By: Elaine Williams
Google’s latest online communication/collaboration platform has had technology writers and bloggers buzzing since its announcement in May. The lucky 100,000 or so who received an invite to check out the pre-release version of the exclusive Google Wave service at the beginning of October have been discovering its myriad uses, ranging from education to health care to travel. But many are also saying that the service could prove extremely useful for journalists, helping them improve their methods of researching and editing stories ? as well as their interaction with readers.
Wave’s functionalities translate into a tool that allows you to write notes to yourself, share those notes, embed files, post images, chat as a group more clearly than in long e-mail exchanges, and publish a finished product. Wave also throws in a few additional features, such as polls, games and maps, into the mix. Its major benefit is that the entire process is done without having to switch back and forth among e-mail, word processing, chatting and publishing programs.
This consolidation is a perk for many journalists, especially for online editors who regularly interact with readers.
“There’s great potential for collaboration between journalists and the community, especially for local news events,” says Robert Quigley, social media editor at the Austin (Texas) American- Statesman. Quigley considers Wave the first service that allows journalists to truly collaborate with their readers. “It’s hard to engage your community,” he adds. “Twitter was the best tool, but real-time collaboration on this scale is unprecedented.”
The internal newsroom advantages of Wave are also intriguing some papers. In the rush to churn out content, journalists often find themselves juggling multiple programs and sending various drafts of stories around the newsroom. Mandy Jenkins, social media editor at The Cincinnati Enquirer, believes Wave “could transform the newsroom budgeting process.”
One of Google Wave’s attractive features to newsroom folk is that it allows several people to view and weigh in on a story simultaneously, in real time. “Often, everyone is sharing a word document, and sometimes it’s read-only, or people delete part of it, and it’s very hard for people to collaborate and contribute comments,” she observes. “With all the tools Wave has, there’s so many ways a newsroom could use it.”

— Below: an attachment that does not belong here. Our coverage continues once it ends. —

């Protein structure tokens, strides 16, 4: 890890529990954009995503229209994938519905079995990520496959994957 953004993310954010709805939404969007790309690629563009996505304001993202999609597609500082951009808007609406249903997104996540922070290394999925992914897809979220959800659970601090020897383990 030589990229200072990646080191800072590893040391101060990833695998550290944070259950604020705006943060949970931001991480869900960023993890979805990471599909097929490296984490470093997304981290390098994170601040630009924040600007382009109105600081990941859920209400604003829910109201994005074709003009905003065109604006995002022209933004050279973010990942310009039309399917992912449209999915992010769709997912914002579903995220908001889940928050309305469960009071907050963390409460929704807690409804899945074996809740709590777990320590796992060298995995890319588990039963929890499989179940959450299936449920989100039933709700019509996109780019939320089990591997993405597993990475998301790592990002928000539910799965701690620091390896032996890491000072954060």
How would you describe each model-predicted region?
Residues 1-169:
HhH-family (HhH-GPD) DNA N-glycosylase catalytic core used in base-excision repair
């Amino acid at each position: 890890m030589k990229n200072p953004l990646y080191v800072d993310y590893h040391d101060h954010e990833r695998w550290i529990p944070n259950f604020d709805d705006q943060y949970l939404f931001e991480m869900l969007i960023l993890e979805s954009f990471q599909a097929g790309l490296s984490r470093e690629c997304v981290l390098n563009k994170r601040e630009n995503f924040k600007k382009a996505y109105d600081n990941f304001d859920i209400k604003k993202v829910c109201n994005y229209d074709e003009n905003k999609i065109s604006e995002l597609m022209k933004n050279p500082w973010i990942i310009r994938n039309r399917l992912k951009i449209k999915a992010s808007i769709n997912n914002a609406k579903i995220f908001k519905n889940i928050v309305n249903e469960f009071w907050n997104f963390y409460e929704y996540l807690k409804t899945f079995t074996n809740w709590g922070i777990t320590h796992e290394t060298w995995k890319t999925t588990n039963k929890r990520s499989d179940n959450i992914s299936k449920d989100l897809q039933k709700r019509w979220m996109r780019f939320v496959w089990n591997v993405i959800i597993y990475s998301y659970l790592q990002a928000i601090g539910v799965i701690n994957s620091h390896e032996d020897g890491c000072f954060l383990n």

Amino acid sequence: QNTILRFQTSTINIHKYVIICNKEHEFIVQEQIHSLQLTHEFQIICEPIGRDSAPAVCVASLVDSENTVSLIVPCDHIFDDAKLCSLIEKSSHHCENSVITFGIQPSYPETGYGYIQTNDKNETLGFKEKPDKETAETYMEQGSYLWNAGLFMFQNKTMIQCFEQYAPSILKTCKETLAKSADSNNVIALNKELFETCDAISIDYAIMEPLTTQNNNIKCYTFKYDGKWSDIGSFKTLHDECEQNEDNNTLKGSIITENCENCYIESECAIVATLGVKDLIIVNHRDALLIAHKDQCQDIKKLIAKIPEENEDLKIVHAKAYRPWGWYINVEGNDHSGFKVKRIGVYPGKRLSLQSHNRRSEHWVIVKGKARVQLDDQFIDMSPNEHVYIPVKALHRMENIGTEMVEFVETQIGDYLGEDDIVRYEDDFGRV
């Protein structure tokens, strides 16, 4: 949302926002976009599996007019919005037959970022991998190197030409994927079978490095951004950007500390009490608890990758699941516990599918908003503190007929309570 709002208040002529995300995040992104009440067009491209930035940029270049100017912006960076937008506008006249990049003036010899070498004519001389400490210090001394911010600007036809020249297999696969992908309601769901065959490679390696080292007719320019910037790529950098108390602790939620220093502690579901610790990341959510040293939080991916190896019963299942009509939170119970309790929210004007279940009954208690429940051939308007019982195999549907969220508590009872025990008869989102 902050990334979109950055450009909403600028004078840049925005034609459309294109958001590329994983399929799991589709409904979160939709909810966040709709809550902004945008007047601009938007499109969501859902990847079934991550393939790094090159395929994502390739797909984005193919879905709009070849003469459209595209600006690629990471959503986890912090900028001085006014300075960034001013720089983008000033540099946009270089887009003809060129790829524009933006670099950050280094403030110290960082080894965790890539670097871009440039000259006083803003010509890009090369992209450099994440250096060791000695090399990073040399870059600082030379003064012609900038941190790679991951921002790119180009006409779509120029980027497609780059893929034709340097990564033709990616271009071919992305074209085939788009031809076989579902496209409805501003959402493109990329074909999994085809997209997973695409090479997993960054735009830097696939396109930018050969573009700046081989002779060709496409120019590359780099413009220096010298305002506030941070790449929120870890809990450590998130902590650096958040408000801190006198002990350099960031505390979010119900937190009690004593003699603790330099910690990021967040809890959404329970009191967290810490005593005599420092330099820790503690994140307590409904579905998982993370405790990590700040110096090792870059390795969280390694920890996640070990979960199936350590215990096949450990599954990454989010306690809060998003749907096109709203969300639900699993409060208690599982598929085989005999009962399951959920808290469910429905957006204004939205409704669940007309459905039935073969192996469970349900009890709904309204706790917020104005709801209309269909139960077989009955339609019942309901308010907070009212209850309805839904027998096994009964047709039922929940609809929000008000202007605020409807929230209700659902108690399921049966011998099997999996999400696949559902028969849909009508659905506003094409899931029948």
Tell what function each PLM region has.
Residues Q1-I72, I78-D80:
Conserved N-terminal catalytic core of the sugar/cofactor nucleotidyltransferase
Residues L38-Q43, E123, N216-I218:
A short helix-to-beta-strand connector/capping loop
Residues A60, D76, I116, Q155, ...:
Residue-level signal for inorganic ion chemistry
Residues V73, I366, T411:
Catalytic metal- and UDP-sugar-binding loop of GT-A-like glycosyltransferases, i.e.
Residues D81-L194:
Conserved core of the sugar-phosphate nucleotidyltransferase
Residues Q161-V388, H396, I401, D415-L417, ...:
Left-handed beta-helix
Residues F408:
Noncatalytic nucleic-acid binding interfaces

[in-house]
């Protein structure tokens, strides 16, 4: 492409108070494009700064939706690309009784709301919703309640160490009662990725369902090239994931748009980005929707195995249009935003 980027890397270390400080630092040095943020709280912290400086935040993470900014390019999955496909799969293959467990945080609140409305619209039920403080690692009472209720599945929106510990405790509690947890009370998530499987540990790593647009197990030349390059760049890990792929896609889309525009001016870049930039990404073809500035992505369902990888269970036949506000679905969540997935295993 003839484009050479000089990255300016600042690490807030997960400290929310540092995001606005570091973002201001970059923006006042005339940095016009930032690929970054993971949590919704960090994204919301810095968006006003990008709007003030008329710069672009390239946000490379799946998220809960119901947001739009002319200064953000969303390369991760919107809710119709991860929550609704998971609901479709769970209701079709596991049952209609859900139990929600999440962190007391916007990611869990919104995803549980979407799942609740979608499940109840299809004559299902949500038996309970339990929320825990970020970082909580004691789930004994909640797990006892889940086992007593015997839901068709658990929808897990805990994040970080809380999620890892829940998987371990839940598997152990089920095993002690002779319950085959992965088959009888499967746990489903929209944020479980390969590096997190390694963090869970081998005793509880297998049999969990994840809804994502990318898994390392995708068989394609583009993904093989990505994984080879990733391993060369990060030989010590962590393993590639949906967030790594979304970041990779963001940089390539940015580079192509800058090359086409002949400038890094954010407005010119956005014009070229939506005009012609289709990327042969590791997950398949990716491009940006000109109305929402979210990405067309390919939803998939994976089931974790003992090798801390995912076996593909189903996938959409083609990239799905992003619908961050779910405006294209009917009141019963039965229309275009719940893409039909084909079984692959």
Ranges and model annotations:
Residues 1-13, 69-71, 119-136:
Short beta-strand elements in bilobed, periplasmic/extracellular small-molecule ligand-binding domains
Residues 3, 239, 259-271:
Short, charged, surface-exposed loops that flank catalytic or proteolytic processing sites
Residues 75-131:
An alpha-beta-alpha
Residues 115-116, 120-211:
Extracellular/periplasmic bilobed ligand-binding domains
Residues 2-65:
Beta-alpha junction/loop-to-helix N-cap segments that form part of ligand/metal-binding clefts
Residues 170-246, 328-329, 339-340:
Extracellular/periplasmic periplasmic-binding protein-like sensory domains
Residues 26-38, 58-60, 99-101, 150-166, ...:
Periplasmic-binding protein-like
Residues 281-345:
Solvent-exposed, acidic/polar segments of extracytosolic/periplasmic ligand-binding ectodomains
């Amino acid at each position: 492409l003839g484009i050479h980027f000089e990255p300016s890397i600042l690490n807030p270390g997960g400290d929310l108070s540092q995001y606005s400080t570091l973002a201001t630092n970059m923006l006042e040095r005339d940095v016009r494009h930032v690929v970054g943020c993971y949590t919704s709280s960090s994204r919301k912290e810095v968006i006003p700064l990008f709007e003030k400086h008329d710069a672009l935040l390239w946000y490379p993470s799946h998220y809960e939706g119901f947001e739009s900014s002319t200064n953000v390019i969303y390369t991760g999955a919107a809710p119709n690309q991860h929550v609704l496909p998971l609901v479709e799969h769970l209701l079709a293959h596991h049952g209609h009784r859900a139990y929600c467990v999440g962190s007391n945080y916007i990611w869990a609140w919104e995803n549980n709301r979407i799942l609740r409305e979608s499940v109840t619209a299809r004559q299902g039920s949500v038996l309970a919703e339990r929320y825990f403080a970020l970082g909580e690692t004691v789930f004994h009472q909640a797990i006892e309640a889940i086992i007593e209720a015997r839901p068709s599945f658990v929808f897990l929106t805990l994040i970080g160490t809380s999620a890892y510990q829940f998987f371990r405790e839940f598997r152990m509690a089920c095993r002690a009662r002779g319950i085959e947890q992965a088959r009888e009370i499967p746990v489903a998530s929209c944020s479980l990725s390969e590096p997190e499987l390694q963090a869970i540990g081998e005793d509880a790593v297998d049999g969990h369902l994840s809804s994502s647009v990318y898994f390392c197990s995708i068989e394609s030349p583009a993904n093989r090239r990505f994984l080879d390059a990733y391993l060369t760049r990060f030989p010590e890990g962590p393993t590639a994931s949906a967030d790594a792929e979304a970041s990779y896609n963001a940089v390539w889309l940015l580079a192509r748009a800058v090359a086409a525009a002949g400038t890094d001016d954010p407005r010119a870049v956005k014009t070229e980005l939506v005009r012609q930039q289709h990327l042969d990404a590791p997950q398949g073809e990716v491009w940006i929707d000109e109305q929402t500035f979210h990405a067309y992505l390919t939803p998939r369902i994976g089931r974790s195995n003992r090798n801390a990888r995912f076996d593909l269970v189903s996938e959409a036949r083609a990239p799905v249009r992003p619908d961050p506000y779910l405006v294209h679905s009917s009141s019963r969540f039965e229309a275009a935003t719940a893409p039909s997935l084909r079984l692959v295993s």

Los Angeles Times technology writer Mark Milian sees the benefit of Wave’s mobile aspect, in particular how newspapers could use it to consolidate reporting. “While I’m at the scene I can be typing my notes directly into Wave, and as I’m tapping out each letter, the person I’m working with can be watching my notes,” he says. “That’s pretty huge ? we have nothing like that. We have e-mail, but you don’t e-mail with every new lead that you get.”
Quigley is testing Google Wave’s potential by creating local daily news “waves” for Austin-area residents to discuss current news stories, engage in conversation with each other and the American-Statesman, and get helpful information that might not be in the pages of the print edition. His first wave, created on Nov. 3, had over 100 participants and focused primarily on local election coverage, including discussion of various referendums, images from the paper’s photo blog, and a poll asking readers if they planned to vote.
It remains to be seen if Quigley’s experiment could work in a less tech-savvy city. Most agree, however, that Google Wave will likely not become useful on a larger scale until its interface is simplified. One of its shortcomings is that it is unclear what service it is supposed to provide or substitute, because it was specifically created without using established e-mail, instant messaging, and word processing tools as a jumping-off point.
“Right now, it’s kind of a tech geek’s tool,” Jenkins says. “It has so much potential, but it needs to be simplified ? and it needs to be used straight out of the box.”
“What Wave does is too in-your-face,” agrees Milian. “They throw too many buttons and features at you that you don’t know how to tackle.”
As the service expands beyond technophiles, many hope it will catch on and become a valuable addition to the reporting process. Says Jenkins, “We saw that happen with Twitter. When we initially got on it (in early 2008), there weren’t a ton of people on it, just a core audience of early adopters. It wasn’t really until it pushed beyond that that it became useful. In the future, when there are more people on there, it could be a really robust conversation.”
Beyond simplifying Wave, Google has plenty of bugs to work out before releasing it to the public. Wave can slow down or crash even the fastest of browsers, and opening and navigating waves with more than a few dozen messages (or “blips”) can take a while or crash. Quigley also hopes that Google developers will allow waves to be moderated by a discussion leader, giving editors a way to delete or directly address off-topic, inflammatory, or spam comments.
Jenkins calls for offering more guidance when the user first starts “waving,” instead of displaying an empty inbox and no tips on how to navigate the thousands of public waves available.
Despite the kinks, Google seems to be growing into a viable tool for journalists to use both in and out of the newsroom, but it remains to be seen if it will catch on with mainstream publications and readers. “It’s a Catch-22: Major papers might not take interest in it unless people are using it, and a lot of people aren’t going to use it unless there’s value there,” Milian adds. “Later on, once they iron out the bugs and make it more intuitive, it’ll catch on.”